It was perfect. Perfect, perfect, perfect. I would have told Evelyn anything she wanted to hear. Do I know every kind of flower type ever seen under the sun? Absolutely, Mrs. Primrose. Can I sew up twenty layers of silk and tulle in ten minutes? Most certainly, Mrs. Primrose. Was I willing to be a team player in this bridal machine we were running? Without a doubt, Mrs. Primrose!

And so I began, quickly discovering that it was Evelyn’s job to dream big with the brides, to suggest the vendors, to show them how extravagant their big day could be, and to fill their heads with impossible fantasies…. before sending them to the face of hard-cash reality, yours truly. I had only wanted to have the fun of planning a wedding without the work of a marriage. What I got was akin to couples’ therapy as I broke the news to dazed brides and grooms that while, yes, those peonies that grow naturally in Bali (and nowhere else in known civilization) were exquisite, they did nevertheless cost a fortune. And while, yes, the dance floor we could offer looked like something your Uncle Bubba could set up for you with no problem at all, we would require that our people do it and that it would cost you $300 for set up, $300 for tear down, and, my sincerest apologies, $300 for repair work later at the very least. (Even if you didn’t do anything to it!) Oh, and our most efficient meal (Evelyn frowned on my more honest word “cheap”) would still cost $50 a head, even though it likely only cost us $2 a plate to make. I was the number cruncher, the business end of the deal, and many times, the great consoler of all manner of hysterical brides.

My dream job was a big nightmare most days. It paid the bills, though, and paid them well enough that I had paid off all of my student loans in record time. With that monkey off my back, I was saving up for a real home… if my little clunker car would just live a little bit longer. I anticipated being the Dream Destroyer for many, many more years, as it was a good job with the opportunity for advancement, for one day being THE Bridal Events Coordinator. And hiring some other poor schmuck to do my job.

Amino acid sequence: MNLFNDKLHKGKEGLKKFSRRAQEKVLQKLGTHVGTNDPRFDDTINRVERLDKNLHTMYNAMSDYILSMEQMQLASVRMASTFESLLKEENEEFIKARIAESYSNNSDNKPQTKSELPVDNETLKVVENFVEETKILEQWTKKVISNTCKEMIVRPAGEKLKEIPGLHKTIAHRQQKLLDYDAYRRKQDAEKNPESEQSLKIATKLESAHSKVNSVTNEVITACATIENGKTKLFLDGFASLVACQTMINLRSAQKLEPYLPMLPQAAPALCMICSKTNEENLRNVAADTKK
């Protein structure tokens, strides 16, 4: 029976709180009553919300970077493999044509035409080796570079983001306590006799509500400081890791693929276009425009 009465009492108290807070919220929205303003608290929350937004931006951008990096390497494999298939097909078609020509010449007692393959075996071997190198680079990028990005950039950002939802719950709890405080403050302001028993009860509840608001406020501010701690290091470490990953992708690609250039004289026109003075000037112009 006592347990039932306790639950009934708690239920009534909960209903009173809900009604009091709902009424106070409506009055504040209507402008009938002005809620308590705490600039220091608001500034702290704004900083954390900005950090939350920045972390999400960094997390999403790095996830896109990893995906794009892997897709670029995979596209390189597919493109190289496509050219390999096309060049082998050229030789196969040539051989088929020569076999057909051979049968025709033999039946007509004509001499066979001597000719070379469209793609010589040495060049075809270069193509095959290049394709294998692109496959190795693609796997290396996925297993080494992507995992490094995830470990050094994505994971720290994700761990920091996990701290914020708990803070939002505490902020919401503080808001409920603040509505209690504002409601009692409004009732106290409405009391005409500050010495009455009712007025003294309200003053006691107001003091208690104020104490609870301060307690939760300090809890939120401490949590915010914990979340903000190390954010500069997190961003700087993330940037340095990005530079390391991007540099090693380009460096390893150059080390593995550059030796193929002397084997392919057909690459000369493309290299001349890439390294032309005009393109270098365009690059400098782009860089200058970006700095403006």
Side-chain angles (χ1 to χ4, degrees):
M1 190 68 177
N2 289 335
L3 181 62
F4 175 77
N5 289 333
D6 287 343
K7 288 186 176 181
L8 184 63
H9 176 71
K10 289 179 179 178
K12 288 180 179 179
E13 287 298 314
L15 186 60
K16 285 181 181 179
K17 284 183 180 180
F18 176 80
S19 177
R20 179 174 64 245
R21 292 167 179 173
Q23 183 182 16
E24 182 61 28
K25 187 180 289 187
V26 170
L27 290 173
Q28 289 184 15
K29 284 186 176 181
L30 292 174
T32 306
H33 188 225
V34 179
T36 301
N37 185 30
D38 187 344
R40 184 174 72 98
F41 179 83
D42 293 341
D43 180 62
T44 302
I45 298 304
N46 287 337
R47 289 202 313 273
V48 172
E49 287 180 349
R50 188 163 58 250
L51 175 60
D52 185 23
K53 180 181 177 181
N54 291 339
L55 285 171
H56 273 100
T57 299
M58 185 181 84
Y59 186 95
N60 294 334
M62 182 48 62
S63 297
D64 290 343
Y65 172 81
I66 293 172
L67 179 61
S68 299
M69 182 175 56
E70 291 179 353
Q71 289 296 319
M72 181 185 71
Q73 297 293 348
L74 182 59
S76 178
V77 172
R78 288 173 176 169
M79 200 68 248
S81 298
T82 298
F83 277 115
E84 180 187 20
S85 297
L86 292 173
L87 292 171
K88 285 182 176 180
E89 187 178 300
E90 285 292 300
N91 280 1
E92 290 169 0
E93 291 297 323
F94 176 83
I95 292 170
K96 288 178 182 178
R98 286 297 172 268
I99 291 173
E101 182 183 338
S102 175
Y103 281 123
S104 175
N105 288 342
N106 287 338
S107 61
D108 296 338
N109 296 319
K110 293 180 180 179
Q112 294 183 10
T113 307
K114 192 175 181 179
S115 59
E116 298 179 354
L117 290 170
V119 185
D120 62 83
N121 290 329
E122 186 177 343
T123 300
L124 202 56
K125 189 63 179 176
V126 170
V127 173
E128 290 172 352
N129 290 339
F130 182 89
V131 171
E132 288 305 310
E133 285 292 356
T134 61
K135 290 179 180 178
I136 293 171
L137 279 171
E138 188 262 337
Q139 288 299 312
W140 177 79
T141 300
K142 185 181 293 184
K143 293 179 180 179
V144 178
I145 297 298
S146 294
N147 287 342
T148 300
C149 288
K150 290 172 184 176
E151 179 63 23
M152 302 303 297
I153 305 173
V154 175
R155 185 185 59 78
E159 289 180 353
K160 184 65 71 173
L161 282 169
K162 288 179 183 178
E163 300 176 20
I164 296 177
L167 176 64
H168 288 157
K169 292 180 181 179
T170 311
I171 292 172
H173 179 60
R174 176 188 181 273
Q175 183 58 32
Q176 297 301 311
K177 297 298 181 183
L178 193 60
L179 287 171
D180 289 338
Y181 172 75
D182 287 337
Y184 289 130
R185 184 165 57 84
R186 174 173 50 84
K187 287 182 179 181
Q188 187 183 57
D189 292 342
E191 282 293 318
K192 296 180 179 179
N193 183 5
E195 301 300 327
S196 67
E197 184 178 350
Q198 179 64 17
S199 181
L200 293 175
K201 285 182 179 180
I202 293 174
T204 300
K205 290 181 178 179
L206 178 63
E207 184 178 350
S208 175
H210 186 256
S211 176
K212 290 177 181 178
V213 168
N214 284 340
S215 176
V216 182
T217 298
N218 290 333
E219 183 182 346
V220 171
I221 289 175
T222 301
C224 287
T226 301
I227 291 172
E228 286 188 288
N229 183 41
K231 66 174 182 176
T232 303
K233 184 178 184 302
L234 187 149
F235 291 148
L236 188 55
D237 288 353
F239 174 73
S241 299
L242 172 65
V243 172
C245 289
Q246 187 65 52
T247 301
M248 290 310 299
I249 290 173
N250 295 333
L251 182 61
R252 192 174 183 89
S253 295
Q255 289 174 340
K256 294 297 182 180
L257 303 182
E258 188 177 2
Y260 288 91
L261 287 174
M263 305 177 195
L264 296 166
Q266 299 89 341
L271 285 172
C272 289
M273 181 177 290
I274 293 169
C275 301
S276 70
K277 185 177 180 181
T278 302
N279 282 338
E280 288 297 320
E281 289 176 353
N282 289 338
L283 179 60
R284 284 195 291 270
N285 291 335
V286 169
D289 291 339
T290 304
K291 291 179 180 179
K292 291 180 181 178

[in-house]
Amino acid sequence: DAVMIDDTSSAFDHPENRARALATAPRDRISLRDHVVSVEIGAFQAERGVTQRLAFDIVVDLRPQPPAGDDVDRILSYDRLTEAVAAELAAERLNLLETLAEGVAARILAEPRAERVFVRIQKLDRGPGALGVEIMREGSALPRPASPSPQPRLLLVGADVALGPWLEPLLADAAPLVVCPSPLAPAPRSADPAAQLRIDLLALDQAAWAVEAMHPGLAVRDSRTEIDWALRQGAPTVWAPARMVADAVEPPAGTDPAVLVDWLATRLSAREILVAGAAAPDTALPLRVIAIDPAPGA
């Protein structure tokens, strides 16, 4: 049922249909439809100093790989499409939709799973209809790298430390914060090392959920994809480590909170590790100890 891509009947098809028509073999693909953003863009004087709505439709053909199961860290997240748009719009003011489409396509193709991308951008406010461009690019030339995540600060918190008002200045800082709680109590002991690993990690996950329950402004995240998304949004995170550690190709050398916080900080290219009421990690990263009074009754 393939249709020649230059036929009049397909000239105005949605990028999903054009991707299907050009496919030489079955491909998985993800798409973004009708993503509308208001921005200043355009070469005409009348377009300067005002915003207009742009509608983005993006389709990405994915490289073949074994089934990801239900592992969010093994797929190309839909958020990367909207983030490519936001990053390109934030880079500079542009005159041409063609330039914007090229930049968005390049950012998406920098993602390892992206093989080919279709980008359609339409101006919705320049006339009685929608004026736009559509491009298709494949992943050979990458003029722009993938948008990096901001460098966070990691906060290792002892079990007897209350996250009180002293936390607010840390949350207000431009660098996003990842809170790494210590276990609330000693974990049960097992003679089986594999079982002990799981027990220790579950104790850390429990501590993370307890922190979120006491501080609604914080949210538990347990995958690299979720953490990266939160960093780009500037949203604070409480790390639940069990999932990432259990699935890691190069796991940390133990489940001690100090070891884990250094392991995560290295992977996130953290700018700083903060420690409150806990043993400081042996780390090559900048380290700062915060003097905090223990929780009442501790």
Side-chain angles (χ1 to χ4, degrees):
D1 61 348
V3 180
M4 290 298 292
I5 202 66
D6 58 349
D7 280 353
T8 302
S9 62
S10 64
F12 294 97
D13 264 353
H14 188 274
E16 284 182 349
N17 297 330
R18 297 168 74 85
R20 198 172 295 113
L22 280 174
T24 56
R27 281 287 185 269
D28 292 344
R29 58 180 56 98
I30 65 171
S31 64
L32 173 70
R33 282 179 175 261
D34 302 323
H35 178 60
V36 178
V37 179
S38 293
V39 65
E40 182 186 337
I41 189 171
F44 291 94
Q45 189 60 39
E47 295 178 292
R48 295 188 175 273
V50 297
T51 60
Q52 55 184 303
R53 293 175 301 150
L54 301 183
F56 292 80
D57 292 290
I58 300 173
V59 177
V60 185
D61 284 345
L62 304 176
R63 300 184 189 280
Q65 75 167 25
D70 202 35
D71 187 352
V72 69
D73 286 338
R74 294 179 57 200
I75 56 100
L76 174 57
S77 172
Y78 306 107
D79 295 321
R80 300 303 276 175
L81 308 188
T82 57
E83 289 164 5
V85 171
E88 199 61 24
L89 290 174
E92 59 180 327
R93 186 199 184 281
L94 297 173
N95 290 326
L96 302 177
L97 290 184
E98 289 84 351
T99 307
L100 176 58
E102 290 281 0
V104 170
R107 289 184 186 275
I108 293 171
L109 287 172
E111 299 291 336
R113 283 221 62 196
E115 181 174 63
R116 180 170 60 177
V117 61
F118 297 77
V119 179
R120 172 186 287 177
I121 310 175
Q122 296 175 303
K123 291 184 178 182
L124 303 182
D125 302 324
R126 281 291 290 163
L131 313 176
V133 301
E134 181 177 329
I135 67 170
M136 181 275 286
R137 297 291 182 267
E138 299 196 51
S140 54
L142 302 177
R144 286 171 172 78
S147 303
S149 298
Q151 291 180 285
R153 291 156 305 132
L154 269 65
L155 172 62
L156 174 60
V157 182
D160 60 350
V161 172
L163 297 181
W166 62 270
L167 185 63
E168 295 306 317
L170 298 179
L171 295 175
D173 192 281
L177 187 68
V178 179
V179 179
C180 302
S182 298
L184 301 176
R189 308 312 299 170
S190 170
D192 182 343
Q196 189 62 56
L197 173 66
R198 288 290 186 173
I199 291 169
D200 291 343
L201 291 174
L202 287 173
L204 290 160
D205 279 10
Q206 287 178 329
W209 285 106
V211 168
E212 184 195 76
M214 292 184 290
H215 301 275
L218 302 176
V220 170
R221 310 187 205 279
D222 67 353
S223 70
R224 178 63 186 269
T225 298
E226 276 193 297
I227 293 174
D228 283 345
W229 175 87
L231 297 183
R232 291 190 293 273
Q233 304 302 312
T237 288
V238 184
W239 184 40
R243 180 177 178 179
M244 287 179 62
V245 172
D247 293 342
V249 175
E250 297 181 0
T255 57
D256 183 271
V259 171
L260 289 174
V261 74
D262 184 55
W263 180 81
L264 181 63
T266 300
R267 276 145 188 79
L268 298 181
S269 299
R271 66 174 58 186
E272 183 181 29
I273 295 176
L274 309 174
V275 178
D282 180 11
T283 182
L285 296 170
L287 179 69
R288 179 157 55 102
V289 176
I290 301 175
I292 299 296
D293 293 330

It didn’t take me long at my job to realize that no one expected me to last very long. All of the other assistants had quit within a month of taking the position, but six years later, I was still there. Evelyn liked my tenacity, and God bless her, I liked Evelyn for just having the guts to be Evelyn. It couldn’t have been easy to send the wolves to me every day, but she did it without reservation, noting that even the unpleasant parts of wedding planning were crucial to a truly successful event. When things got really rough for me, she was a shrewd businesswoman who could come to my defense when it looked like I was going to literally be in the middle of a knockdown drag-out between brides and grooms. “Savages!” she told me once, after a particularly belligerent bride had attempted negotiating with me by screaming in my face. “As if they could ever have their hootenanny of a wedding here!” If for no other reason, I loved her for being able to wear a Chanel suit and Jimmy Choos while saying the word “hootenanny.”

The memory made me smile as the seconds ticked by to midnight.

Happily Ever After

Cammie Evans was a girl with a plan from the moment God called her to be a foreign missionary. After several years spent all over the world, though, she finds herself with a new assignment that leaves her questioning all that she once thought to be true about life, love, and calling.

David Connor was always the weird kid in the youth group, never destined to live up to his father’s expectations. After several years of working to find his own significance in Christ and his calling as a foreign missionary, he finds himself asking hard questions about who he is and what God wants from him.

As their lives change and the past becomes part of the present, can Cammie and David help one another find their own happily ever after?

Buy Links

Amazon (Resolutions)

Amazon (Happily Ever After) – FREE!!

More About the Author

Jenn Faulk is a native Texan who enjoys reading and writing chick lit. She’s a pastor’s wife, a stay-at-home mom, and a marathon enthusiast who loves talking about Jesus and what a difference He’s made in her life. She has a BA in Creative Writing from the University of Houston and a MA in Missiology from Southwestern Baptist Theological Seminary.